That’s why I went after something that I could put in the US Department of Defense facility and not have a problem. I know there's no chance that I'm going to have a challenge, a data breach, or a data loss. That is the first question on every due diligence questionnaire, data recovery and continuity of operations.

Gardner: Now, you’ve mentioned the use of View, is that the View 5, the latest version?

Reed: It is. It is.

Gardner: What percentage of your desktops, your users are virtualized on a full desktop experience?

Reed: We’ve got 99.9 percent. We have one user, a remote user out in Arizona, and we just haven’t gotten to her yet, but we’re just about to lose her desktop.

Mobile devices

Gardner: And how does that now set you up for perhaps moving toward the use of mobile devices? Clearly, you've got some of those interface issues resolved by going fully virtual. Is there a path to allowing choice, even bring your own device (BYOD) types of choice by your users going to new classes of devices?

Reed: We’re working on the BYOD program now. A lot of the department heads have been issued devices through our secure wireless in the building. A couple of them have iPads and a couple of them have Android OSes. Several of us with the new Cisco phone systems have the Cisco tablet that's your actual VoIP phone station and your thin client.

To get ready to go to a meeting, I get off the phone, pull the tablet out of the docking station, and into the meeting. I have my desktop right there. I've never logged off. When I need to go home for the night, I take it home, and log in through my wireless. I have my Voice over IP handset, and I'm calling from my desk phone from anywhere in the world.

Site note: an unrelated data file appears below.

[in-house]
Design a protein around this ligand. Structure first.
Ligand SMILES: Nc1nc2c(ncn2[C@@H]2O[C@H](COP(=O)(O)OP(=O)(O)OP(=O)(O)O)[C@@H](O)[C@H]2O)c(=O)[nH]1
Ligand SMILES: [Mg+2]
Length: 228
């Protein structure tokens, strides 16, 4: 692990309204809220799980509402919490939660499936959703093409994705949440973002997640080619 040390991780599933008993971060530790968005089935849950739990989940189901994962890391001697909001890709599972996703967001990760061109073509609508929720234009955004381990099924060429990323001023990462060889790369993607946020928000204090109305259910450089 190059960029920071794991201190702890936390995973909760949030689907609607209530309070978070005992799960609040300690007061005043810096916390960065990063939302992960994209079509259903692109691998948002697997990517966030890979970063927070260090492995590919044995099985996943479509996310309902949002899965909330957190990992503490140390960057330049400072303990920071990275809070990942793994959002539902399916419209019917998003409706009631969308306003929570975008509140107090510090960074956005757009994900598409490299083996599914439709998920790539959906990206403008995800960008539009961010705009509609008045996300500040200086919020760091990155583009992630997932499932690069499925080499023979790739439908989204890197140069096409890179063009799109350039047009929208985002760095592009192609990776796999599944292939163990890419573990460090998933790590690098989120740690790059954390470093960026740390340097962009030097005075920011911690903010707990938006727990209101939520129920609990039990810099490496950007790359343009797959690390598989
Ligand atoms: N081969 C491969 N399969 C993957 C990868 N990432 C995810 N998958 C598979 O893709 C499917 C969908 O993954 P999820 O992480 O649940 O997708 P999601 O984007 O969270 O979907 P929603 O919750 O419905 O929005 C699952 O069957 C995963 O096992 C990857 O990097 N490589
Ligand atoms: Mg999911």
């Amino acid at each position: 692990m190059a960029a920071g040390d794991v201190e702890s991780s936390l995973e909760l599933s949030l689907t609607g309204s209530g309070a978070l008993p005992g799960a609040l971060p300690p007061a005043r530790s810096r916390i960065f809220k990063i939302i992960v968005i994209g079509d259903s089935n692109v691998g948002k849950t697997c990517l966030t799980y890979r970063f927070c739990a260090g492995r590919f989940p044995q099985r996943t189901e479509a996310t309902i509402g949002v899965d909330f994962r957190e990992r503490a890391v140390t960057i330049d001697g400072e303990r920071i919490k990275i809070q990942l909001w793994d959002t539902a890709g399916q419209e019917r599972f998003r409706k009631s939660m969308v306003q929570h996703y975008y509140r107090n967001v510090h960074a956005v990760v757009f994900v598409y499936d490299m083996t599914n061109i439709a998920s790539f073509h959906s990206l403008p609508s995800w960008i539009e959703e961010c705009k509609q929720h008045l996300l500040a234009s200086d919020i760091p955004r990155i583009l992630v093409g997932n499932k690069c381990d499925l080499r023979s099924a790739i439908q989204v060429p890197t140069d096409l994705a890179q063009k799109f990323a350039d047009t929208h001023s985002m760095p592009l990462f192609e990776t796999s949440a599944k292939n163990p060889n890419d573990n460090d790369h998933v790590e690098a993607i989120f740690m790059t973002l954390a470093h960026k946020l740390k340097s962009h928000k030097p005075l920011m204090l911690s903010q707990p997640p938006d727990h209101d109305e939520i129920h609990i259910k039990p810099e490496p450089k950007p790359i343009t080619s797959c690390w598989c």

So we're already doing what I would call a pilot program to prove it out to everybody and get them used to it. Right now, our sales guys love the fact that they just pull that thing out of the docking station and go off to show a client what our software and services really are.

Gardner: It really shows how the technology enables the business and then the business agility enables the business development. It becomes quite an impressive adoption pattern that's really going to a virtuous adoption pattern, I suppose.

A lot of the department heads have been issued devices through our secure wireless in the building.



Reed: The key is that with the BYOD setup, we put a Cisco IronPort secure wireless in the building. Once you’re in our network, that's very secured and controlled. Then, we tell anybody who brings in their own device, "Here’s what you have to do. These are the steps and encryption levels that you have to do to use your own device on our system."

People in the pilot program are going through that and their device is being signed off on. It comes all the way up to my desk to approve it at this point. I'm sure that down the road, it’ll be just the company security officer signing off on it.

But those people are now connecting from wherever with their own device and they have a responsibility to support the device. If their device goes down, they can still log in to their virtual desktop from anywhere through View 5.

Gardner: We all know how empowering it is when you can have it your way, remain within compliance and security parameters, and also delivering on the business processes and requirements that your company sets out for you. It’s a really nice combination.